What the Global Positioning System tells us about the twin’s paradox

von Tom Van Flandern 

What the Global Positioning System tells us about the twin’s paradox
Tom Van Flandern

In: Episteme. An international journal of science, history and philosophy. Nr. 6,
Parte 2. 2002, 21. Dez., ca. 10 S.

Die Forschungsgruppe G.O. Mueller referiert in der Ergänzung des Kapitels 4 ihrer Dokumentation diese Arbeit von Tom Van Flandern:


„Abstract. – In the GPS, all atomic clocks in all reference frames (in orbit and on the ground) are set once and stay synchronized. We can use this same trick to place a GPS-type clock aboard the spacecraft of a traveling twin. That clock will stay synchronized with Earth clocks, allowing a clear resolution of the twin’s paradox in special relativity – why the traveler expects to come back younger, and why the stayat-home twin is not entitled to the same expectation.“ 

Stellt die Lorentz-Äther-Theorie als Lorentz-Relativitätstheorie von 1904 der SRT Albert Einsteins von 1905 gegenüber. Die SRT führt zwei Neuerungen ein: 

(1) für das 1. Postulat (RP) die „Äquivalenz“ = Gleichberechtigung aller Inertialsysteme (und damit Ausschaltung des Äthers): „This first postulate of SR [„Einstein’s special relativity (SR)“] makes the Lorentz transformations reciprocal; i.e., they work equally well from any inertial frame to any other, then back again; so it has no meaning to ask which of two identical clocks in different frames is ticking slower in any absolute sense.“ 

(2) für das 2. Postulat (C-K) nicht nur die Unabhängigkeit der Lichtgeschwindigkeit von der Quelle, sondern auch von dem Bewegungszustand des Beobachters: „The second postulate of SR makes the speed of light independent of not only the speed of the source (which is also true generally for waves in any medium, including luminiferous ether), but also independent of the speed of the observer (which is a feature unique to SR).“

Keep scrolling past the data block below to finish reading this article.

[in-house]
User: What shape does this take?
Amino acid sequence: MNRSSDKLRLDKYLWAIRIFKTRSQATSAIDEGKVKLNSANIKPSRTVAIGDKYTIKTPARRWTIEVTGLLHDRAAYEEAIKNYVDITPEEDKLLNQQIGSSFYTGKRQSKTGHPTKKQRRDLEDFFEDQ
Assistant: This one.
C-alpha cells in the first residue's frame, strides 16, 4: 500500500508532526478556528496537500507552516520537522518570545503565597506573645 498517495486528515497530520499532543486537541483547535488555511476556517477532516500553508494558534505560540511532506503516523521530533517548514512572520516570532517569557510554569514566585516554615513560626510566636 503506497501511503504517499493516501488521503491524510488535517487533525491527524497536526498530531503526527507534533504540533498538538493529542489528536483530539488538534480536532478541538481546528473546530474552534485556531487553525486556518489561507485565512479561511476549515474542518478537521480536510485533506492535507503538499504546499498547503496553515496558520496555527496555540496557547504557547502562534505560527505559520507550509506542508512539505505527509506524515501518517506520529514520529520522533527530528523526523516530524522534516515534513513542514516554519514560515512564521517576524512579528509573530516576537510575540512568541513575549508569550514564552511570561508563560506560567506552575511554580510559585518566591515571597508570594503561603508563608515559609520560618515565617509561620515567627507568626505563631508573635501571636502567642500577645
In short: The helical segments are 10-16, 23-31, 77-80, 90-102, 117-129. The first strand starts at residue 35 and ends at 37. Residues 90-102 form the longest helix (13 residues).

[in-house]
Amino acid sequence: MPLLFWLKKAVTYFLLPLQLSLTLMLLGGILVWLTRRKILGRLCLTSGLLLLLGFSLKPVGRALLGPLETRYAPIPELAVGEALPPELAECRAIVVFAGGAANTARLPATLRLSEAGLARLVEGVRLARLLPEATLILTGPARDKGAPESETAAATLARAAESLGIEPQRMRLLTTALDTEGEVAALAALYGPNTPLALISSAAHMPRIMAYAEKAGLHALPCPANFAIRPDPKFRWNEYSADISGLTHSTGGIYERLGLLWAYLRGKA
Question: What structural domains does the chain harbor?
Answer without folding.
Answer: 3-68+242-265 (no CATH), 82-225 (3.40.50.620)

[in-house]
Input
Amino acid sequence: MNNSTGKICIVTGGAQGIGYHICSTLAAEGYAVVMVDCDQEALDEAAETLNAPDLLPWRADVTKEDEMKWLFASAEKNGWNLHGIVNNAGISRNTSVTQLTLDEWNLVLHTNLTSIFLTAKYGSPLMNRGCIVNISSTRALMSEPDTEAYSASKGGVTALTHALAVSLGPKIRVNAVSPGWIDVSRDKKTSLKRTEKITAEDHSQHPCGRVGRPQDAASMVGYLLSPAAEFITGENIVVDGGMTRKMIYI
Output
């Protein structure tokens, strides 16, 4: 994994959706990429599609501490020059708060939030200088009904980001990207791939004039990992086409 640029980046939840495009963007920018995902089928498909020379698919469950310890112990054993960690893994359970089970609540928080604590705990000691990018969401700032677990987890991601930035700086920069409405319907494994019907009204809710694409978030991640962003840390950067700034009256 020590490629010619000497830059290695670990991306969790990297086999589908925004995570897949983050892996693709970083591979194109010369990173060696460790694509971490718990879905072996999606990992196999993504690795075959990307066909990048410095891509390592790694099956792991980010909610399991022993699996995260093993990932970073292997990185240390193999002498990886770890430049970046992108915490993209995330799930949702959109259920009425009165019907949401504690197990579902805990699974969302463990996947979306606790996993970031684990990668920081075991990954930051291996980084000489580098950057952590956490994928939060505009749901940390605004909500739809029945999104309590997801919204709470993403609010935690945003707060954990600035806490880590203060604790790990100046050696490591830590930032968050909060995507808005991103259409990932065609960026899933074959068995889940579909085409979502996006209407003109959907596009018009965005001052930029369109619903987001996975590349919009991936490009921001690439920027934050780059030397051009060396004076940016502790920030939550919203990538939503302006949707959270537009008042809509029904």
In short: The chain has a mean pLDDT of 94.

Verweist darauf, daß diese Postulate nie experimentell bewiesen worden sind: „Today, many physicists and students of physics have acquired the impression that these two postulates have been confirmed by observations. 

However, that is not the case. In fact, none of the eleven independent experiments verifying some aspect of SR [1] is able to verify either postulate.“ 

„Conclusions. – In LR [„Lorentzian relativity (LR) theory“], one reference frame (the local gravity field) is preferred; and speed cannot affect time, but only the rate of ticking of mechanical, electromagnetic, or biological clocks. However, just as we do not assume that time has been affected when the temperature rises and causes a pendulum clock to slow down, LR says that changes in clock rates are changes in the rates of physical processes, and do not affect space or time. 

So by carrying an on-board GPS clock on the spacecraft, we are offered a clear choice between models: Earth time can be what SR infers it is, or it can be what the GPS clock says it is. In the former case, SR works, but leads to heavy-duty complexities and fantastic inferences about the nature of time at remote locations. 

Moreover, the proof that nothing can travel faster than light in forward time stands intact. In the latter case, LR works with great simplicity and in full accord with our intuitions about the universality of the instant „now“. 

And the speed of light is no longer a universal speed limit because time itself is never affected either by motion or by gravity.